Meditation takes many forms, put simply it is any focus of attention which quiets the mind and allows us to go beyond the material world; the effect is to replenish inner reserves of energy.  For some this will mean attuning to nature, for others the focus may be prayer or devotional chanting;  some prefer a visual focus while others require silence.  While stillness is common to most meditational practice, activity may also be used as a focus.  Buddhist monks, for example, include strenuous physical work as part of their devotional practice.  Initially seen as a separate and distinct technique, with practice meditation can become integrated into daily life.  If the origin of the life source is divine it follows that a focus of attention beyond the physical senses will be helpful.  The Emerald Alignment Meditation may be used to good effect, particularly by beginners. 


A major stumbling block on the spiritual path is the acknowledgement of the hierarchy of saints, gurus and masters, who have demonstrated exceptional attainment and stand ready to take us by the hand and lead us home.  We hold in high esteem those in the world who have aspired to high positions or to celebrity status and yet experience difficulty in respecting those who have gone beyond our spiritual understanding.  Just as all learning is gained from one who has greater experience and understanding, so spiritual growth is accelerated by the presence of one who has gained not only knowledge but wisdom.  A refusal to acknowledge them reflects our true position in the spiritual order.  In the East there is a tradition that enlightenment can only be gained by devotion to a spiritual master, while in the West this is often viewed as a control mechanism.  The Eastern path is an inner mystical search, while in the West the path is one of external experience.  These are two sides of the same coin, however the acceptance of a teacher demonstrates humility and the student gains through the direct transmission of  light accrued in the teacher’s aura.


Alchemy is the mystical understanding of the transmutation of matter to spirit through the action of light; its meaning is ‘to dissolve and reconstitute’.  In effect, this is the process of enlightenment.  Spiritual attainment is measured by the light within the electromagnetic field or aura, observed as colour radiating around the physical body.  The hum of this energetic force field can be heard through clairaudience and also measured on an oscilloscope.  The emanation creates a magnetic attraction; this is the principle behind the guru/chela, master/student relationship, the stronger field having an enlightening effect on those in its proximity.

Authentic spiritual teachers have no interest in acquiring wealth, power or status; do not respond to flattery and may be recognized by their lack of interest in worldly pursuits.  The Dalai Llama has offered the following advice: “Rely on the teachings to evaluate a guru: Do not have blind faith, but also no blind criticism.”  Where there is ego involvement on the part of the guru/master, cults emerge through a pattern of control, while ego involvement on the part of the chela/student will result in resistance to the challenge the teaching represents, with eventual withdrawal.


Gurus, Saints and Masters

SAINTS are the inspirational individuals considered worthy of special recognition due to their exemplary life, teaching or selflessness.  Sainthood is often conferred where there has been a demonstration of revelation, intercession or miracles.  In all cases the subject is deemed to have an especially close relationship with the divine and is often defined as being the focal point of spiritual force fields.  For believers, the pilgrimage site of Lourdes in France is an example of divine revelation and healing intercession through Mary the mother of Jesus, who appeared eighteen times in 1858 to Bernadette Subirous, a young, illiterate peasant girl.  Less well known is the miracle of the incorrupt body of Bernadette who died in 1879.  This can be seen in the convent chapel of St Gildard, Nevers, where she spent her life as a nun.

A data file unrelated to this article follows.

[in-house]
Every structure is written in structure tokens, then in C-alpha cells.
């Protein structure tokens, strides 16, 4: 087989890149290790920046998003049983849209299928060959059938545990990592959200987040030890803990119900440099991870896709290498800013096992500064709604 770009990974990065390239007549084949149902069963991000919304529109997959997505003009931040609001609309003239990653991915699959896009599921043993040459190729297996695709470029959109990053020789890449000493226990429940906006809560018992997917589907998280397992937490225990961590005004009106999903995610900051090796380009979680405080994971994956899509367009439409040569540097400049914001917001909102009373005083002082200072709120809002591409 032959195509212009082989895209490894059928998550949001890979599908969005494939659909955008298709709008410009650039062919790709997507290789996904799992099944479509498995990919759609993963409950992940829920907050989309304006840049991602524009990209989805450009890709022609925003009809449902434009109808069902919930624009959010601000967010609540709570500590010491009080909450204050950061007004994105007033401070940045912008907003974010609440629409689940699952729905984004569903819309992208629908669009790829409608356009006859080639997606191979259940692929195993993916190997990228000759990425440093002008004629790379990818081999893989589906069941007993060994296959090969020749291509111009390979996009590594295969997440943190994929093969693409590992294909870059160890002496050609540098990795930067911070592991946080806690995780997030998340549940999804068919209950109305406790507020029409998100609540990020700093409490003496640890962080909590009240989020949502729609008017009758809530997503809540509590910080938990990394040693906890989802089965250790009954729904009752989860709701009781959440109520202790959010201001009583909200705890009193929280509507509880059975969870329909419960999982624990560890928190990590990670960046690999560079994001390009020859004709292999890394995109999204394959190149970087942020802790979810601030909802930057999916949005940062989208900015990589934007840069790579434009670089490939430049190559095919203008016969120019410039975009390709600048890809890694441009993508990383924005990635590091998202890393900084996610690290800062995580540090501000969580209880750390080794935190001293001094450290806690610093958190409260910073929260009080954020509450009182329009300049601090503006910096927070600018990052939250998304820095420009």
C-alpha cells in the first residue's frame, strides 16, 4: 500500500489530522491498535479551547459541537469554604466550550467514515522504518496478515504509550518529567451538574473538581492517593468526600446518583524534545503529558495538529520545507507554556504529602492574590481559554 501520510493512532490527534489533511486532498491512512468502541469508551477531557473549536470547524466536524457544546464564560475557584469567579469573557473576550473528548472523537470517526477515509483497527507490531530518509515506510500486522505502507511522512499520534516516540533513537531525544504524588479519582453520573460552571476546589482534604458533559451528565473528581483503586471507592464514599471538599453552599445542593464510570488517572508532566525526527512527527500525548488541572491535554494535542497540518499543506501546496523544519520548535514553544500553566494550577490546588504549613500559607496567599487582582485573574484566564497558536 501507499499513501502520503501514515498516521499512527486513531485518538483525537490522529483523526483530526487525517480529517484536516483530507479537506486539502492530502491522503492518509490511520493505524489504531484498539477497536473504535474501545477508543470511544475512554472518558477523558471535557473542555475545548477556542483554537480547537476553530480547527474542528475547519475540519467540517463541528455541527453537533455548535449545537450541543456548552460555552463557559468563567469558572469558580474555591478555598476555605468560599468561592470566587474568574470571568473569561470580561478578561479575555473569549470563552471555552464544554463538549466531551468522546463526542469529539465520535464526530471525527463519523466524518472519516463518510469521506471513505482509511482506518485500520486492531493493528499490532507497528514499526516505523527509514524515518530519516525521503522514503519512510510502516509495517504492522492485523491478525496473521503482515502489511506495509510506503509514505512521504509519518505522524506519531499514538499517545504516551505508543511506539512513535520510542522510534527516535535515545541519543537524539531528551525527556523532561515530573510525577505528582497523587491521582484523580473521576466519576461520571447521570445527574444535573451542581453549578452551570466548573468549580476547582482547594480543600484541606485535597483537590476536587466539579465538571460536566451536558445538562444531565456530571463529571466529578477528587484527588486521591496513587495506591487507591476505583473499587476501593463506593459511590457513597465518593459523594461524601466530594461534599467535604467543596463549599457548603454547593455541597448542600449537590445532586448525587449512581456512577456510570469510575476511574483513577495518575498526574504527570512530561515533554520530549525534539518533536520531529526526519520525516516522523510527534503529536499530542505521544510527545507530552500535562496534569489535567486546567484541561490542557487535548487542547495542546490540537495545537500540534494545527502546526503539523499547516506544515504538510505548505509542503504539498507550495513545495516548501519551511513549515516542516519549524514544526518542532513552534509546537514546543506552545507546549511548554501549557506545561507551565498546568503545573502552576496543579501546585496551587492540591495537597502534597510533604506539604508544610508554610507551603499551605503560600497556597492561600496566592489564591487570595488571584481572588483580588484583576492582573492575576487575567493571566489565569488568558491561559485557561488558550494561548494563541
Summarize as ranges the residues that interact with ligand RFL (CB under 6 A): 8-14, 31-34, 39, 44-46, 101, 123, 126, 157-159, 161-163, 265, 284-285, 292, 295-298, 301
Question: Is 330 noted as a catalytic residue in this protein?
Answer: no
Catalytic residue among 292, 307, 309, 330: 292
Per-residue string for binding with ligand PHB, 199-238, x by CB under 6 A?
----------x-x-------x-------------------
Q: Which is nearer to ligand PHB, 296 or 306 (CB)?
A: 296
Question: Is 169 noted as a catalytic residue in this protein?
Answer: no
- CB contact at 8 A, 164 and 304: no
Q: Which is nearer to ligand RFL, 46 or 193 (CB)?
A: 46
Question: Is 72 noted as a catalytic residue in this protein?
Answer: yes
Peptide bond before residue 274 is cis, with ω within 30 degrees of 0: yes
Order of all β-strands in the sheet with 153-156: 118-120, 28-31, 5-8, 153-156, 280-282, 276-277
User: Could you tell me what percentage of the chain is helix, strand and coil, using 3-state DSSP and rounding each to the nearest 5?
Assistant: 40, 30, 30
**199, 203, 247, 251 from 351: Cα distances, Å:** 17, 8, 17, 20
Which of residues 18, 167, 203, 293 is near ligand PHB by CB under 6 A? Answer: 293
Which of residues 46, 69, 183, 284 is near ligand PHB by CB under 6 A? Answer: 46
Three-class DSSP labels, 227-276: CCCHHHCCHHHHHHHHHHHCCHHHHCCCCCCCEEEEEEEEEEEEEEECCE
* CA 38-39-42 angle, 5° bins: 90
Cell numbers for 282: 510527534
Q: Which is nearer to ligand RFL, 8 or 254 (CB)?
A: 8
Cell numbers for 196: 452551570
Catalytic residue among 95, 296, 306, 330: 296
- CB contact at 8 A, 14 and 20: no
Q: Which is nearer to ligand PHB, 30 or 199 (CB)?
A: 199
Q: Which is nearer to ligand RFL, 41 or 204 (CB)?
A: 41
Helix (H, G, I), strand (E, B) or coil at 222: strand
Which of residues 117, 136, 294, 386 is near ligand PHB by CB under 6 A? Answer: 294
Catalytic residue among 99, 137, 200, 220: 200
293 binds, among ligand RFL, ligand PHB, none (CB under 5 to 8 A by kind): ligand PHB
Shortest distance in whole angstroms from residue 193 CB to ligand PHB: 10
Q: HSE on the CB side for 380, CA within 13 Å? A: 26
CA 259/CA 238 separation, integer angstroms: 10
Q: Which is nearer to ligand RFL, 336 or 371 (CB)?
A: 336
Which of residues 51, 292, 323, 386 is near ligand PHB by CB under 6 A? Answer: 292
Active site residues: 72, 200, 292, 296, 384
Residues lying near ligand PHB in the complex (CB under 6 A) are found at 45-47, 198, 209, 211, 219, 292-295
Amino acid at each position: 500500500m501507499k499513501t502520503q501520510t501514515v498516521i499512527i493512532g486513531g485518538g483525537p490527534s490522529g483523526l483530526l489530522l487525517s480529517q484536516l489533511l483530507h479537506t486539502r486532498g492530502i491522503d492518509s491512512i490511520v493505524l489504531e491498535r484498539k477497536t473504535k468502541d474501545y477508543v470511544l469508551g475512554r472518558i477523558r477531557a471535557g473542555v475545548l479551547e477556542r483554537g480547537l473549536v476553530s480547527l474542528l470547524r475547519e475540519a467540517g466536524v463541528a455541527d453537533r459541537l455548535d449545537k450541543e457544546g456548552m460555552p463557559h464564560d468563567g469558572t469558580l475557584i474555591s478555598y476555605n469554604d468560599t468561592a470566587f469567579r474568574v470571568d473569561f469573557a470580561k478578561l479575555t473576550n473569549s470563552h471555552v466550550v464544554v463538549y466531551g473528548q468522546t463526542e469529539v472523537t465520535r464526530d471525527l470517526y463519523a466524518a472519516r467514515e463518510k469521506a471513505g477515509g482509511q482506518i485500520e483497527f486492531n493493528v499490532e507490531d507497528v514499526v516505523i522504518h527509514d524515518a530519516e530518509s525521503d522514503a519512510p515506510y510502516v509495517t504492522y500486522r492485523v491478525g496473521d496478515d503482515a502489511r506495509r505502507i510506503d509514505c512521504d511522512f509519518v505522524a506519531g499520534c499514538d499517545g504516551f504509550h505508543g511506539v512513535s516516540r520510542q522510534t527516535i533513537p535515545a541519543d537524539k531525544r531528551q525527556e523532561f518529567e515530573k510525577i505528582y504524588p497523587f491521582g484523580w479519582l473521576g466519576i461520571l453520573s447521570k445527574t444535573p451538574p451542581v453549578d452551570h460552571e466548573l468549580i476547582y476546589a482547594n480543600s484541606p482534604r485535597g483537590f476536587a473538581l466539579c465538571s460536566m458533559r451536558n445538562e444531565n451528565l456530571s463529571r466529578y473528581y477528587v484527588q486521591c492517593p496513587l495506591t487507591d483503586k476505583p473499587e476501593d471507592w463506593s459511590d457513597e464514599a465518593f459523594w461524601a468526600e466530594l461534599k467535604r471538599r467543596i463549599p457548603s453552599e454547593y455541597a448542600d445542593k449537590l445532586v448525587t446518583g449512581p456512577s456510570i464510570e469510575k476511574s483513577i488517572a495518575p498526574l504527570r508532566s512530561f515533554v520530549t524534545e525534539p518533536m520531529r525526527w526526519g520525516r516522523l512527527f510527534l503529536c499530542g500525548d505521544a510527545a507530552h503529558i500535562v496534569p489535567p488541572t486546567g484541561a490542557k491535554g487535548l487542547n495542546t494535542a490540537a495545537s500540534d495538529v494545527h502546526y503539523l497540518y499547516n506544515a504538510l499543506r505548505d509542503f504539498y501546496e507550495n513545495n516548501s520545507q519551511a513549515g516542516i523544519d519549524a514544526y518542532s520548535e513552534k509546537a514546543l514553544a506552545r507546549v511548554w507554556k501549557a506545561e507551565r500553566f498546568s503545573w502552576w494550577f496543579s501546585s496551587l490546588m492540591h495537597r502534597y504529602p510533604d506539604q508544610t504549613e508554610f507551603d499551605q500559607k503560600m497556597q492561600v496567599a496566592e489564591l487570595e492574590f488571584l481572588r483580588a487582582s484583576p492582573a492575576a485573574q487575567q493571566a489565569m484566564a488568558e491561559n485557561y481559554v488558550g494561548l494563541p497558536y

The term GURU refers to one who is considered to have great knowledge and wisdom within a certain area, a defining principle is the capacity to enlighten others.  The role therefore confers great responsibility and spiritual authority.  In the Eastern tradition, those devotees or followers with an affinity to the teaching are drawn to the guru and benefit by the light, which emanates from his or her auric field, through a process of energetic transmission.

SPIRITUAL MASTERS may be physical or reside in etheric retreats.  These are the individuals who have realised the state of oneness with the Supreme - the highest transcendental consciousness.  An example of a 20th century spiritual Master is Paramahansa Yogananda (1893-1952) who shared the spiritual traditions of India through his teaching in the West, establishing a global network which has inspired millions.  The title Paramahansa bestowed upon him by his guru means ‘Supreme Swan’, a title given to those who have established constant communion with God.  Yogananda means ‘bliss’.   Yogananda taught his students the need for direct experience of truth, as opposed to blind belief.  He said: “The true basis of religion is not belief, but intuitive experience.  Intuition is the soul’s power of knowing God.  To know what religion is really all about, one must know God.” Paramahansa taught that the entire universe may be likened to a cosmic cinema, with each of us merely actors in the divine play, changing roles from life to life through reincarnation.  Identification with the current role rather than the director of the film (God) being the cause of deep suffering.


Slow down

Do not criticize others

Throw away the list

Stop blaming

Count to ten!

Practice patience

Avoid angry outbursts

Seek good company

Eat sensibly

Listen to music

Cultivate calmness

Exercise moderately

Enjoy nature

Spend time alone

Sleep well